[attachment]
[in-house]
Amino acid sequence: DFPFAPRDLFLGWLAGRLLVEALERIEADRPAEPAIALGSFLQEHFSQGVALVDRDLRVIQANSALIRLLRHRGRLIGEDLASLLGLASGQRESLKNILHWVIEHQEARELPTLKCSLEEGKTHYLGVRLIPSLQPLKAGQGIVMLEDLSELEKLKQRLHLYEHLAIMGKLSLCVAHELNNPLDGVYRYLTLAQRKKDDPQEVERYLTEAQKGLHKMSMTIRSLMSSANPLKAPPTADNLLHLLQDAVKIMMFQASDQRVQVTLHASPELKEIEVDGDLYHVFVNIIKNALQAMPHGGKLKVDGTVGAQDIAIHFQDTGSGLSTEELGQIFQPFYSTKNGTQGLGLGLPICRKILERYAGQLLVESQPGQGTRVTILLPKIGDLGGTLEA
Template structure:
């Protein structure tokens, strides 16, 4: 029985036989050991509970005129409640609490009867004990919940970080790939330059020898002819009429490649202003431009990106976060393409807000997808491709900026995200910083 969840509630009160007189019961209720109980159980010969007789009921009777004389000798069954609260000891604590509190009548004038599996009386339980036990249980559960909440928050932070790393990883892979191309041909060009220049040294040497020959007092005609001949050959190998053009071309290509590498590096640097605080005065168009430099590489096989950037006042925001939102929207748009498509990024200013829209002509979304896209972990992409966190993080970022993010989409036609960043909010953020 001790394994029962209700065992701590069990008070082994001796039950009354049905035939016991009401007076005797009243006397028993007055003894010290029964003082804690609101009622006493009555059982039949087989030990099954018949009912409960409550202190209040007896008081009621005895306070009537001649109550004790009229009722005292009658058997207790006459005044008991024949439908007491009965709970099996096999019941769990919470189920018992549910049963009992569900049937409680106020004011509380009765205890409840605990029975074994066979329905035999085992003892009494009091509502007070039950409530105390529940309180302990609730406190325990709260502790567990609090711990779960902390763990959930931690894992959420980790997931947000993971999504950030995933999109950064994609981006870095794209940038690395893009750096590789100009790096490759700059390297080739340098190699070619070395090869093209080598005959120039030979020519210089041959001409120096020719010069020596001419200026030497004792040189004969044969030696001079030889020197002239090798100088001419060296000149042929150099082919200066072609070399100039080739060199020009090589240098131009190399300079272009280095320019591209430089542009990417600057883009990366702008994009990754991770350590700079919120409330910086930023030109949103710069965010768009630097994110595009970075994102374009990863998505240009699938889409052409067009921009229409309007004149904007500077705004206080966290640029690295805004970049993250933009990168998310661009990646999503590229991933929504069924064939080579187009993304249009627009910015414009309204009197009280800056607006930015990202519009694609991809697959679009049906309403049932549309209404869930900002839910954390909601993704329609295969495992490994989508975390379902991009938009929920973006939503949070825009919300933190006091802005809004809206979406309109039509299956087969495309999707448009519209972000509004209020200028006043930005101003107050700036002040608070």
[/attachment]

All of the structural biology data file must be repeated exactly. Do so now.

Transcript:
[in-house]
Amino acid sequence: DFPFAPRDLFLGWLAGRLLVEALERIEADRPAEPAIALGSFLQEHFSQGVALVDRDLRVIQANSALIRLLRHRGRLIGEDLASLLGLASGQRESLKNILHWVIEHQEARELPTLKCSLEEGKTHYLGVRLIPSLQPLKAGQGIVMLEDLSELEKLKQRLHLYEHLAIMGKLSLCVAHELNNPLDGVYRYLTLAQRKKDDPQEVERYLTEAQKGLHKMSMTIRSLMSSANPLKAPPTADNLLHLLQDAVKIMMFQASDQRVQVTLHASPELKEIEVDGDLYHVFVNIIKNALQAMPHGGKLKVDGTVGAQDIAIHFQDTGSGLSTEELGQIFQPFYSTKNGTQGLGLGLPICRKILERYAGQLLVESQPGQGTRVTILLPKIGDLGGTLEA
Template structure:
């Protein structure tokens, strides 16, 4: 029985036989050991509970005129409640609490009867004990919940970080790939330059020898002819009429490649202003431009990106976060393409807000997808491709900026995200910083 969840509630009160007189019961209720109980159980010969007789009921009777004389000798069954609260000891604590509190009548004038599996009386339980036990249980559960909440928050932070790393990883892979191309041909060009220049040294040497020959007092005609001949050959190998053009071309290509590498590096640097605080005065168009430099590489096989950037006042925001939102929207748009498509990024200013829209002509979304896209972990992409966190993080970022993010989409036609960043909010953020 001790394994029962209700065992701590069990008070082994001796039950009354049905035939016991009401007076005797009243006397028993007055003894010290029964003082804690609101009622006493009555059982039949087989030990099954018949009912409960409550202190209040007896008081009621005895306070009537001649109550004790009229009722005292009658058997207790006459005044008991024949439908007491009965709970099996096999019941769990919470189920018992549910049963009992569900049937409680106020004011509380009765205890409840605990029975074994066979329905035999085992003892009494009091509502007070039950409530105390529940309180302990609730406190325990709260502790567990609090711990779960902390763990959930931690894992959420980790997931947000993971999504950030995933999109950064994609981006870095794209940038690395893009750096590789100009790096490759700059390297080739340098190699070619070395090869093209080598005959120039030979020519210089041959001409120096020719010069020596001419200026030497004792040189004969044969030696001079030889020197002239090798100088001419060296000149042929150099082919200066072609070399100039080739060199020009090589240098131009190399300079272009280095320019591209430089542009990417600057883009990366702008994009990754991770350590700079919120409330910086930023030109949103710069965010768009630097994110595009970075994102374009990863998505240009699938889409052409067009921009229409309007004149904007500077705004206080966290640029690295805004970049993250933009990168998310661009990646999503590229991933929504069924064939080579187009993304249009627009910015414009309204009197009280800056607006930015990202519009694609991809697959679009049906309403049932549309209404869930900002839910954390909601993704329609295969495992490994989508975390379902991009938009929920973006939503949070825009919300933190006091802005809004809206979406309109039509299956087969495309999707448009519209972000509004209020200028006043930005101003107050700036002040608070």